Dallas County Reports 182 COVID-19 Cases, 98 From August

As state and local officials continue to monitor the state of the COVID-19 pandemic, some county officials consider potential policing reform policies, and state officials prepare for Tropical Storms Marco and Laura, there’s a lot of information to keep up with. 

Here’s what you need to know today.

  • Dallas County reports 182 COVID-19 cases, 98 from August; 
  • Dallas County to consider grant program for policing alternatives;
  • Gov. Abbott announces FEMA approval for federal emergency declaration ahead of Tropical Storm Laura, Marco landfall.
Dallas County Reports 182 COVID-19 Cases, 98 From August 

Dallas County Health and Human Services Monday reported 182 additional confirmed cases of COVID-19, bringing the total confirmed case count in Dallas County to 69,086, and no new deaths.

Of the 182 new cases the county reported Monday, 84 came through the Texas Department of State Health Services’ (DSHS) electronic laboratory reporting (ELR) system – 18 from March, 43 from April, and 23 from May.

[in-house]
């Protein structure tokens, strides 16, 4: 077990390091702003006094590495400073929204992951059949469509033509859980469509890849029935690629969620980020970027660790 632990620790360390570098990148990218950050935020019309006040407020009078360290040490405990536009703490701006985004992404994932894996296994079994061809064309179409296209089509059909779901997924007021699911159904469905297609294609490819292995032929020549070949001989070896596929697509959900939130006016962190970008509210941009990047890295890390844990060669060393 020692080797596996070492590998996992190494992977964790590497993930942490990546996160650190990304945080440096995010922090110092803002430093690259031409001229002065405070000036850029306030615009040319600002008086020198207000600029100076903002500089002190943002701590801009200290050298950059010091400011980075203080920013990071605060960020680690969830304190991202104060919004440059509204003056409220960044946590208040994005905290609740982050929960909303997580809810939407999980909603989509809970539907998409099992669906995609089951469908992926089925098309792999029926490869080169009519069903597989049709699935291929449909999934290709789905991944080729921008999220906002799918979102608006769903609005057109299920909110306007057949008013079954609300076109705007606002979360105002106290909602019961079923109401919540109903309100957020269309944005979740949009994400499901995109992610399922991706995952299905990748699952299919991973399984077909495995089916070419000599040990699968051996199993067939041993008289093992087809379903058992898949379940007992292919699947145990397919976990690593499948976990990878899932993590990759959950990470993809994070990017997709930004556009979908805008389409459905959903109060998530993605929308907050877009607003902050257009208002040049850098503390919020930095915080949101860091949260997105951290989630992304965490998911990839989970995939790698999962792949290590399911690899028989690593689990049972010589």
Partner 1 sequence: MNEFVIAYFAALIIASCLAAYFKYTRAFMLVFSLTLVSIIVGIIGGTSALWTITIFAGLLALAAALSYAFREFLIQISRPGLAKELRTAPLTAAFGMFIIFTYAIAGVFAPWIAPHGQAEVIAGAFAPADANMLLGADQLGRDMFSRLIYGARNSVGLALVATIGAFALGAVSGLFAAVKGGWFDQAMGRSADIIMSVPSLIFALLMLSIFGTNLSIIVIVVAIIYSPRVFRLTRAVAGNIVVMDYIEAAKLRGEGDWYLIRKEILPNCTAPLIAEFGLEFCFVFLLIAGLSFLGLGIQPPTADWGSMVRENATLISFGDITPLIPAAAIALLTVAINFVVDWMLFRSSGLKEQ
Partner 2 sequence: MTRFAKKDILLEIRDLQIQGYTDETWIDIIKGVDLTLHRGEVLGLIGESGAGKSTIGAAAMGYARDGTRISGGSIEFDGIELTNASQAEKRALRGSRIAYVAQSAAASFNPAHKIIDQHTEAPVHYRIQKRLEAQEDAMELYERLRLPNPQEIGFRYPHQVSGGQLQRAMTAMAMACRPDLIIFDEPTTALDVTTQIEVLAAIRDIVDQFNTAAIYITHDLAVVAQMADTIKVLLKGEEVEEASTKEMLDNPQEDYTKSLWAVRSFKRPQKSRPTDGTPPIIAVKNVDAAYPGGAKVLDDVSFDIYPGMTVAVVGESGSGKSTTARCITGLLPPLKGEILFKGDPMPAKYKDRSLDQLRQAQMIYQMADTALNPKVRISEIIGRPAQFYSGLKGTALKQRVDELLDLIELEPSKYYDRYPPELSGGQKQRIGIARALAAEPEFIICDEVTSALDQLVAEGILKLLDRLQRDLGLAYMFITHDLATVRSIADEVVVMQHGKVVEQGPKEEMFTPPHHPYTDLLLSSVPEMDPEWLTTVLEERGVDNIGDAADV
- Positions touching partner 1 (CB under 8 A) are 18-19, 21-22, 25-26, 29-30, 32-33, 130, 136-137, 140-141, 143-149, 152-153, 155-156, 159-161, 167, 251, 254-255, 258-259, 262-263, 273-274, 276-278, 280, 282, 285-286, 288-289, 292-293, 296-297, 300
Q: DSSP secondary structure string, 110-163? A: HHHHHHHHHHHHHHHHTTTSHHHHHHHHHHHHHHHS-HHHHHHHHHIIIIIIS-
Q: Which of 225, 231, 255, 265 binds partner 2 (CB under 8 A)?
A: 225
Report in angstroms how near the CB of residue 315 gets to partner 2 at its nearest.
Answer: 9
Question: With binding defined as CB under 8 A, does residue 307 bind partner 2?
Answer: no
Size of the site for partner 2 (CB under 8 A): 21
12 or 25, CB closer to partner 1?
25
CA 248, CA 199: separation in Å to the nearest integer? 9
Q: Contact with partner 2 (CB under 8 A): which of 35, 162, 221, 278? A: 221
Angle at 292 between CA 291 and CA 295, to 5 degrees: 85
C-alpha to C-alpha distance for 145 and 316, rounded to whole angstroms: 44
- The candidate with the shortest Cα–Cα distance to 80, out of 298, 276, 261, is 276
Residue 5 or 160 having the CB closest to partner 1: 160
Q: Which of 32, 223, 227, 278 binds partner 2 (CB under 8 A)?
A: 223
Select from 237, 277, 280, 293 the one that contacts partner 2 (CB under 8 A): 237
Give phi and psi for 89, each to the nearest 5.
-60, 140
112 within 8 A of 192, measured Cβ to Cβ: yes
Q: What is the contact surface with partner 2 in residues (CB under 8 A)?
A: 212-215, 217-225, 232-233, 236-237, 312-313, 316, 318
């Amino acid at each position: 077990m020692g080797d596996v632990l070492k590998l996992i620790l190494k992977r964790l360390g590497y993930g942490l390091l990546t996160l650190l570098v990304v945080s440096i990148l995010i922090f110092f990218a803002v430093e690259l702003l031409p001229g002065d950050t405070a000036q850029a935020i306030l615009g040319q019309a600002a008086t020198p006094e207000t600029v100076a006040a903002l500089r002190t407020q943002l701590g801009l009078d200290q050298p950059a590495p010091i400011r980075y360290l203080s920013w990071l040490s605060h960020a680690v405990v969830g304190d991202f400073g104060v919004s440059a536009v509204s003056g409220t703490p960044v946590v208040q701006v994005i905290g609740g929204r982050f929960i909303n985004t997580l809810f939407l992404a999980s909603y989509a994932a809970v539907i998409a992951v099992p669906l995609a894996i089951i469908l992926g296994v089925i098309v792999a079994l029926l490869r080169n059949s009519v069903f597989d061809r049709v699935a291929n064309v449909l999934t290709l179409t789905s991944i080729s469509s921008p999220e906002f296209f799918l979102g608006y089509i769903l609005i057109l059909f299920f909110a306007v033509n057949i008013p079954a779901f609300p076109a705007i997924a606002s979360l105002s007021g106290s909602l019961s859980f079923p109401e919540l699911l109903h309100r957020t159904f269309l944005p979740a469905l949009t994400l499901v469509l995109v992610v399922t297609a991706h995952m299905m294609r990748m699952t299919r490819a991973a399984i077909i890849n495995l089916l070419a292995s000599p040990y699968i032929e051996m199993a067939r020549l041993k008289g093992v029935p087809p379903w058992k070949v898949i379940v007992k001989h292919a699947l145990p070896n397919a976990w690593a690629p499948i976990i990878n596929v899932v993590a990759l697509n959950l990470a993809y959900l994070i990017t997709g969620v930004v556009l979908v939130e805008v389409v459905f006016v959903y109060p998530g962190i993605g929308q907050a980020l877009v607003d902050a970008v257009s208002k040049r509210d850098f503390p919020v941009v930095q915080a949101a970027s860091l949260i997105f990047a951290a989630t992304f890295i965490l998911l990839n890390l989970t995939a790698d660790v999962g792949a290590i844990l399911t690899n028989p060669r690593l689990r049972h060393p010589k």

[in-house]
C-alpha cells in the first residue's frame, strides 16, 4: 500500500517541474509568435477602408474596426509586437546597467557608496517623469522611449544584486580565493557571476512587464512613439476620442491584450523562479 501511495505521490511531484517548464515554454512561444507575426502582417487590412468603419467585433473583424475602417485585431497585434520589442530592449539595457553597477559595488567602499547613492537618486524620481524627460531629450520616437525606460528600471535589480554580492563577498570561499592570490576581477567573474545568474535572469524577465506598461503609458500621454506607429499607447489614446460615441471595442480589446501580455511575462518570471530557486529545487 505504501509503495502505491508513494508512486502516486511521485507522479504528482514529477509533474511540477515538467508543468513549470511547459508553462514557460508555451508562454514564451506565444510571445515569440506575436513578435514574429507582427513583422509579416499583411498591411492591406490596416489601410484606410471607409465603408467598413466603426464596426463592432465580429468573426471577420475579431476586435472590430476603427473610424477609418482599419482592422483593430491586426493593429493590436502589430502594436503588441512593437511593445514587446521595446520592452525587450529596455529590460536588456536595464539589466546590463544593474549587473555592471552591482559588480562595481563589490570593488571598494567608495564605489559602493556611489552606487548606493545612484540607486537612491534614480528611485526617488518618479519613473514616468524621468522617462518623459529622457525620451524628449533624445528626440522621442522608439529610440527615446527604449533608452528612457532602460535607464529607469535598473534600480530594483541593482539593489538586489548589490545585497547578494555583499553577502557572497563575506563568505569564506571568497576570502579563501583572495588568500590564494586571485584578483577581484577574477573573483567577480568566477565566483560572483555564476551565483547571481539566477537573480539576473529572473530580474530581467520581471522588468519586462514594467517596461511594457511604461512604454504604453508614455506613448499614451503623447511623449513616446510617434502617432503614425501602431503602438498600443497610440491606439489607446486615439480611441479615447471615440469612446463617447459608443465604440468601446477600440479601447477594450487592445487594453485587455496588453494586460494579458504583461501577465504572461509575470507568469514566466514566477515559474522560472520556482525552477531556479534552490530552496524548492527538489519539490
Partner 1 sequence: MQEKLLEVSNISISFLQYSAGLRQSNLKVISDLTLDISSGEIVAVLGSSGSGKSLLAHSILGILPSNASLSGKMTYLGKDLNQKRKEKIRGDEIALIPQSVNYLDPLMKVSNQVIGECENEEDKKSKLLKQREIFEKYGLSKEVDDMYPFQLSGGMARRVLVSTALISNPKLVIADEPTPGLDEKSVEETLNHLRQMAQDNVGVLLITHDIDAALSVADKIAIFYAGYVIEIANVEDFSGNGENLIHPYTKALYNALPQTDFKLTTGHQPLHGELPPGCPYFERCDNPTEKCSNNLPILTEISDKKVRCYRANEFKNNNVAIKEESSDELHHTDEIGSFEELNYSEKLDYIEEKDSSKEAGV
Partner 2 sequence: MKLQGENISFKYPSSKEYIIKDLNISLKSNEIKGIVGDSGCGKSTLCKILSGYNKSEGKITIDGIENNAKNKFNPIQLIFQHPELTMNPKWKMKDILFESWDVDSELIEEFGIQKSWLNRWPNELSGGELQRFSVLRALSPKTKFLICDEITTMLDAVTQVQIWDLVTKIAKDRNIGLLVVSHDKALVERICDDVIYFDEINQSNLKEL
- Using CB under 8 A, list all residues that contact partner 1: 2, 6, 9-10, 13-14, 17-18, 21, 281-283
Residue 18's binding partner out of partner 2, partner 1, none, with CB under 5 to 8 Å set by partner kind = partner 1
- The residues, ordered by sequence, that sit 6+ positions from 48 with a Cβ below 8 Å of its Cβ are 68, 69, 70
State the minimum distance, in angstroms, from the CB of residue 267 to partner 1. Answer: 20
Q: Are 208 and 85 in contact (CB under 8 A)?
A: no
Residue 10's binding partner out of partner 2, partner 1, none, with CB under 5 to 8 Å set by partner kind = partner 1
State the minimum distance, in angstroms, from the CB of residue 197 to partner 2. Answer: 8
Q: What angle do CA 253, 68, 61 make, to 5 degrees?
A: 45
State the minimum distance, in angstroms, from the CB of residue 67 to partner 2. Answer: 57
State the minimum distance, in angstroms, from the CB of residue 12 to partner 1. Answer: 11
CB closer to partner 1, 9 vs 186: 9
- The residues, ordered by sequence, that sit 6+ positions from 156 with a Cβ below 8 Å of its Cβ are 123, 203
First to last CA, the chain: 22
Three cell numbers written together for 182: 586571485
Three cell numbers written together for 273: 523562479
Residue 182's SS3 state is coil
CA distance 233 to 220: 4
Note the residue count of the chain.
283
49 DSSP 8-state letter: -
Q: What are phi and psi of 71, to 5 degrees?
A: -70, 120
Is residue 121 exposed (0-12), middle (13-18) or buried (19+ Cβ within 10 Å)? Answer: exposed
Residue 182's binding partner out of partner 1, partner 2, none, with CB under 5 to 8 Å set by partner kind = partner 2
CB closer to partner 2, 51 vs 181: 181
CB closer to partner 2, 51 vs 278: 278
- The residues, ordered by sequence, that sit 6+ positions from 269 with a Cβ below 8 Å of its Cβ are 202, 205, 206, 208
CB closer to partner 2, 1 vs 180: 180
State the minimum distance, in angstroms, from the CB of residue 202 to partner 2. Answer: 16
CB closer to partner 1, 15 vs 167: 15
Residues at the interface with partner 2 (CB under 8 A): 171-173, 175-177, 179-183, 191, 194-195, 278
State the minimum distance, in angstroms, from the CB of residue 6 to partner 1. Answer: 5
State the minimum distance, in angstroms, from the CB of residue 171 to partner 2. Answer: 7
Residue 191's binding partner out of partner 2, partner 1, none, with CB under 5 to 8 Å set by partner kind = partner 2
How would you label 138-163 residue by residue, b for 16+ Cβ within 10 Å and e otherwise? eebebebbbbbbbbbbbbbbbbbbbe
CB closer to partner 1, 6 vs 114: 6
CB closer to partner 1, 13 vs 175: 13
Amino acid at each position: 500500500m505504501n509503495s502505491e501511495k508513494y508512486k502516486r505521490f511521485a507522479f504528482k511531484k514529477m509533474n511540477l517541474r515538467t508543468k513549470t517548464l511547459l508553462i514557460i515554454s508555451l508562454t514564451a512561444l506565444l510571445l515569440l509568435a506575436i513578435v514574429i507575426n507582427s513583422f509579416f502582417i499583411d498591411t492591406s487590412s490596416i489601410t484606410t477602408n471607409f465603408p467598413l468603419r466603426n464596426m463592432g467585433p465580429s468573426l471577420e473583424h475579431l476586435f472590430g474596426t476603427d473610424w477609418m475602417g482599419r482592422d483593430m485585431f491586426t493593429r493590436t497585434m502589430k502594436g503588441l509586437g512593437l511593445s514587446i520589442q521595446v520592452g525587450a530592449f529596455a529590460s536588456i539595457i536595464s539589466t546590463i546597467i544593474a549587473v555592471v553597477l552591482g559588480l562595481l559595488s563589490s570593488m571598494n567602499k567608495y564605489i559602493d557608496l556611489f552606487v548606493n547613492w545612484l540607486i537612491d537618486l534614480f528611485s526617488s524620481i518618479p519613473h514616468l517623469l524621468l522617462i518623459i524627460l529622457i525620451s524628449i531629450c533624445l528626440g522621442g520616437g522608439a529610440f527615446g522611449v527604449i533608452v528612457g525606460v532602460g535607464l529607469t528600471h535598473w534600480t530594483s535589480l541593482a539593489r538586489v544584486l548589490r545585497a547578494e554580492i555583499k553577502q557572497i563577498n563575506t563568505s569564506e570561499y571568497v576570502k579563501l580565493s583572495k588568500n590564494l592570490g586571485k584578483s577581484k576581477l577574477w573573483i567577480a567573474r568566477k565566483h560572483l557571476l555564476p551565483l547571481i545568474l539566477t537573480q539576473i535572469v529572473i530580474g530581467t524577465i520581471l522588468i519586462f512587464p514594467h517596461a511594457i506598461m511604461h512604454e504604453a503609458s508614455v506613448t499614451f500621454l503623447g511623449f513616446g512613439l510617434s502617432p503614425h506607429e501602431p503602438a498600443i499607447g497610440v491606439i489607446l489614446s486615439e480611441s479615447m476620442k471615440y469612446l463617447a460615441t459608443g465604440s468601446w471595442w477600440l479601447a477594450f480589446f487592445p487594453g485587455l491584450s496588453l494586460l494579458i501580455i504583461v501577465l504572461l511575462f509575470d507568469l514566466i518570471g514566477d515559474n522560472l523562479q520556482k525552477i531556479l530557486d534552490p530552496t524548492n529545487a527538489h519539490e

The total number of probable cases in Dallas County is 2,576, including eight probable deaths from COVID-19

Of the 857 confirmed deaths reported to date, about 26% have been associated with long-term care facilities.

“Today we have 182 cases; however, 84 of those are from March, April and May, meaning that there are only 98 cases from the month of August in today’s total. This is the first time we’ve been under 100 cases on any day since April 27. While this is great news, it is the result of much hard work on your part: wearing your mask, maintaining six-foot distancing, washing your hands regularly, forgoing unnecessary trips, and staying away from anyone outside you family or any indoor activity outside your family where people cannot wear a mask one hundred percent of the time. We must continue to make these smart decisions for this trend to continue. That’s the best way for less people to get sick, more businesses to stay open and our children to get back to school sooner rather than later,” Dallas County Judge Clay Jenkins said Monday.